It’s a fact—dairy delivers great taste and good nutrition! It’s also a fact that many safeguards and regulations are in place to ensure the delicious dairy foods you buy are safe, wholesome, and nutritious. Let’s dive into some frequently asked questions about milk!

What is the Difference Between Organic and Conventional Milk?

The term organic simply refers to on-farm practices. All milk produced in the United States must adhere to the same strict federal standards for quality, purity, and sanitation. Those using the “USDA organic” seal must ensure that the milk comes from dairy farms that meet the following criteria:

  • Cows are exclusively given food grown without the use of pesticides or commercial fertilizers.
  • Cows are given periodic access to pasture.
  • Cows are not treated with supplemental hormones.
  • Cows have not been given certain medications to treat illness.

Whether a farm chooses to follow organic farming practices or not, all dairy farmers follow high standards to ensure that their cows and land are well cared for. You can read more about milk’s journey from farm to table here or learn more about life on the farm and taking care of cows with dairy farmer stories by watching the latest episode of This American Dairy Farmer.

Is Organic Milk Healthier Than Conventional Milk?

Organic and regular milk are equally nutritious and wholesome, providing the same nutrients despite different practices.  Next time you go to the grocery store check the nutrition label on organic and conventional milk and you’ll see that every 8-ounce serving offers the same amount of thirteen essential nutrients, including calcium, vitamin D and potassium. You can learn more about the nutritional benefits of dairy here.  According to United States Department of Agriculture (USDA) and the Academy of Nutrition and Dietetics, conventionally produced food and organically produced food are equally safe and nutritious. Organic milk is just one of many options in the dairy case to fit different lifestyles and personal preferences.

What is the Difference Between Grass-fed and Organic Milk?

Grass-fed and organic do not necessarily mean the same thing. Unlike the USDA organic label for organic milk, there is not a specific, unifying label for the certification of grass-fed dairy products. If milk has a grass-fed label on it, this generally means that the milk comes from cows who were fed a grass and forage-based diet. Farmers following organic production practices may also provide their cows with feed sources in addition to grass and pasture, so a grass-fed label further explains that the milk is from cows with a grass-based diet.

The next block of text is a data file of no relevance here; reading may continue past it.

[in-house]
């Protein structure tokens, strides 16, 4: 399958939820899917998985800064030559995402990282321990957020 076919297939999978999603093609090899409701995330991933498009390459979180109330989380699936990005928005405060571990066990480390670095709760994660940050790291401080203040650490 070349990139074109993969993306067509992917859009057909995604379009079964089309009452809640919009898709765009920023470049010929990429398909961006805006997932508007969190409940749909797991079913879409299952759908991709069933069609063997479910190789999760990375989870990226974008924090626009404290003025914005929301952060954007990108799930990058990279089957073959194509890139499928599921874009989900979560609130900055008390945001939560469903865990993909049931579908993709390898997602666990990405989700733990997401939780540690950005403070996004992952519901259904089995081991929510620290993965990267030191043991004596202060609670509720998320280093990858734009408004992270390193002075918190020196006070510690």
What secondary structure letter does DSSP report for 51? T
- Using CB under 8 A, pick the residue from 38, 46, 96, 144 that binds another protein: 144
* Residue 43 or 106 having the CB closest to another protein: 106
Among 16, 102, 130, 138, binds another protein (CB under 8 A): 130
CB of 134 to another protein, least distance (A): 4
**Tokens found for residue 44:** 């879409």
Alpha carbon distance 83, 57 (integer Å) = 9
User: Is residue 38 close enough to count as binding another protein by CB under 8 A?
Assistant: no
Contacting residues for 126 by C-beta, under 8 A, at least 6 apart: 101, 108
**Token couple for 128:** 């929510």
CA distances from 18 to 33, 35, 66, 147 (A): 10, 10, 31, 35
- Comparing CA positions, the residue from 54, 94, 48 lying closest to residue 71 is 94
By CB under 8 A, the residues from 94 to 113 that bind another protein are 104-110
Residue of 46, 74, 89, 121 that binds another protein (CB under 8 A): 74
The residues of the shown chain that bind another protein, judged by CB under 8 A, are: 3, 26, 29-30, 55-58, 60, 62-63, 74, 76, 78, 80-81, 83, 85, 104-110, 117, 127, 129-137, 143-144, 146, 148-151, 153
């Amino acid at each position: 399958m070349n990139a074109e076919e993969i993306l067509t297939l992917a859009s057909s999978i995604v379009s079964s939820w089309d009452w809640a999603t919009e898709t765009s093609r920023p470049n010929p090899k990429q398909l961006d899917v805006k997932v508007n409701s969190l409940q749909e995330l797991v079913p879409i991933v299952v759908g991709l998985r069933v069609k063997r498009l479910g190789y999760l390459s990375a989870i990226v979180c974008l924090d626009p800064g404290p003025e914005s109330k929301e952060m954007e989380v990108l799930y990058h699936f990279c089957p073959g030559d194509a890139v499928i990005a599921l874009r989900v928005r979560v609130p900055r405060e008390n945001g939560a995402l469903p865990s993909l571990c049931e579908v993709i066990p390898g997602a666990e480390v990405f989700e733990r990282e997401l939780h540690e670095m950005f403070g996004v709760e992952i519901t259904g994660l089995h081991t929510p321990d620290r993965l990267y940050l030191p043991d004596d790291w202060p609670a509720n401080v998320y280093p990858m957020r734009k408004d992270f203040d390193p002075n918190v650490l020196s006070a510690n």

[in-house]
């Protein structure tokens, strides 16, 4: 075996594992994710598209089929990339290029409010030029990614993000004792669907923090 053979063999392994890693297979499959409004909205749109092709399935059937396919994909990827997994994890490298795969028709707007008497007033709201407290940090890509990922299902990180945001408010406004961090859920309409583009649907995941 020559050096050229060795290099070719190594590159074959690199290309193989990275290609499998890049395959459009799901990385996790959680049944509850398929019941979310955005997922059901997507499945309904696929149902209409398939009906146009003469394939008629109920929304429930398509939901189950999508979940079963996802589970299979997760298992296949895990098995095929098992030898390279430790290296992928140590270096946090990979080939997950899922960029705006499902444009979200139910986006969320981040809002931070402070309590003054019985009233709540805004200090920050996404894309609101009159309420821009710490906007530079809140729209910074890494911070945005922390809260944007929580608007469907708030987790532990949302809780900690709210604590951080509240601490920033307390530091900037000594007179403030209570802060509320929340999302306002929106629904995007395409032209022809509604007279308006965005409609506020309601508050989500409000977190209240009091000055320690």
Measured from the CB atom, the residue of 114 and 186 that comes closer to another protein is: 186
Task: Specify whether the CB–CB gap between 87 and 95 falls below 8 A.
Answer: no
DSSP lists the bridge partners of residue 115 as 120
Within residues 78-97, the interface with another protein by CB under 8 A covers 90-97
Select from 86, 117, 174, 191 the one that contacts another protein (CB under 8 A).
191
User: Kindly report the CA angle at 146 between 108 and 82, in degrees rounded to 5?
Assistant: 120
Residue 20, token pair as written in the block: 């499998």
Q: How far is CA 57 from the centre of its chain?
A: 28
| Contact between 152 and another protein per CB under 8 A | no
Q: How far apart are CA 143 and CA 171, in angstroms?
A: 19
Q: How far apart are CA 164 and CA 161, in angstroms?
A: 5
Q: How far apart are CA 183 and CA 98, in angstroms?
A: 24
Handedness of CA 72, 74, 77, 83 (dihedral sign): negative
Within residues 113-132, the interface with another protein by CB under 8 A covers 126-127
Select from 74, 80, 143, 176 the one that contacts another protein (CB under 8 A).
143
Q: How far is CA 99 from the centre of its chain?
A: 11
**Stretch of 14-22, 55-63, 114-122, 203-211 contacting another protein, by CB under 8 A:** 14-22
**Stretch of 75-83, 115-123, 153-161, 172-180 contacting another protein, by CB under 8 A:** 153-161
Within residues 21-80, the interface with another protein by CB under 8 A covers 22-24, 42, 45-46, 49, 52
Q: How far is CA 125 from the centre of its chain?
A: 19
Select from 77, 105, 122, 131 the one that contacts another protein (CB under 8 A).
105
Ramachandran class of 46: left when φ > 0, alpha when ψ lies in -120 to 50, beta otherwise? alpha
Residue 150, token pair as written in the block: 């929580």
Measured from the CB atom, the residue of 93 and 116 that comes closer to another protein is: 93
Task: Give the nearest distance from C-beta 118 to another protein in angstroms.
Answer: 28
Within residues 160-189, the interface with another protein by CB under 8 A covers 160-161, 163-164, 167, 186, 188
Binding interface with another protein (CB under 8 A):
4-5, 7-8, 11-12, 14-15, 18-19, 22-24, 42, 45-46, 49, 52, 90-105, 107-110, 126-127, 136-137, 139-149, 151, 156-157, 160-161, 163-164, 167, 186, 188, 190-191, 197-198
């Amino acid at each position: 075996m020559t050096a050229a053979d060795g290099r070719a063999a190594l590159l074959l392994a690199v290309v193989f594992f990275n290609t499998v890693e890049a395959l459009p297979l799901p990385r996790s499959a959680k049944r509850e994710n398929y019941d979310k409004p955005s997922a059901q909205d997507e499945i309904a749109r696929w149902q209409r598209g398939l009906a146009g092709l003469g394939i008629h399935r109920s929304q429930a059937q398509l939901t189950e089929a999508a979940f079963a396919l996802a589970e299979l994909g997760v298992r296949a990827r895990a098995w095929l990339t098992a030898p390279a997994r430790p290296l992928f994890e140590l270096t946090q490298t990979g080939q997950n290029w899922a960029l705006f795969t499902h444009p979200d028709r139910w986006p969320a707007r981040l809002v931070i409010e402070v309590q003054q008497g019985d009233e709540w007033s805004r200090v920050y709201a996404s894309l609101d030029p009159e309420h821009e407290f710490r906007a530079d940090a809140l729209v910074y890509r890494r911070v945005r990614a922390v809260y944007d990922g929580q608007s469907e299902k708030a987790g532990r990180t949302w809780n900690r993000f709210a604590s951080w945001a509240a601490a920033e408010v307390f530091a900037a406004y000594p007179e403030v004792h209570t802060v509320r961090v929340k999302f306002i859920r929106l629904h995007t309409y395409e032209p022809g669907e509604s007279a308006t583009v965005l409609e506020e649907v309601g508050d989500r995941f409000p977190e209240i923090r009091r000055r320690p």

The science on nutritional differences between dairy products from grass-fed cows and conventionally produced dairy products is still emerging with some research indicating that milk from grass-fed cows may contain slightly higher amounts of healthy fats, such as omega-3-fatty acids and conjugated linoleic acid (CLA). More research is needed in this area, but it’s a fact that all milk, whether it is organic, grass-fed, or conventionally produced, contains the same amounts of essential nutrients that promote good health.

Are There Antibiotics in Milk?

No! There are never any antibiotics in the store-bought milk you drink. Dairy farmers use antibiotics to provide the best possible care for their cows. Like humans, cows are only given antibiotics when they are sick. Antibiotics are given with direction from the farm’s veterinarian and the milk from a cow treated with antibiotics is discarded and does not reach the food supply. Farmers use strict on farm practices to ensure that milk from cows treated with antibiotics never leaves the farm. In addition to on-farm safety measures, all milk is tested for the most commonly used antibiotics upon delivery at the dairy plant and any milk that tests positive cannot be sold to the public. Strict government standards and industry protocols ensure that pasteurized milk is wholesome, safe, and nutritious. You can read more about antibiotics here.

Are There Hormones in Milk?

All cow’s milk, whether it is organic or conventional, contains tiny amounts of naturally occurring hormones. In fact, many plant and animal foods such as legumes, grains, milk, meat, and eggs contain hormones. These hormones are important to life and serve as messengers that help regulate specific functions in living organisms. No additional hormones are added to milk and the naturally occurring hormones that are found in milk are not a health concern at all.

Bovine somatotropin (bST) is one naturally occurring hormone in cows. Its physiological function is to help young cattle grow, and adult cows to produce milk. A small amount of bST is naturally present in all milk, including organic milk. A synthesized copy of bST – recombinant bovine somatotropin (rbST) – is available for farmers who choose to use the hormone as a farm management tool to boost their herd’s milk production. Health authorities such as the Food and Drug Administration (FDA) and the National Institutes of Health (NIH) have determined that milk from cows treated with rbST is both nutritious and safe and does not affect human hormones.

Still, most of the milk found at the grocery store is from cows not treated with rBST. This milk is often labeled as such. To learn more about hormones and dairy, click here.

Bottom Line

Dairy farmers are dedicated to caring for their cows and producing a high-quality product that everyone can enjoy. No matter what kind of milk you choose to drink, you can be confident knowing that it is nutritious, safe, and wholesome!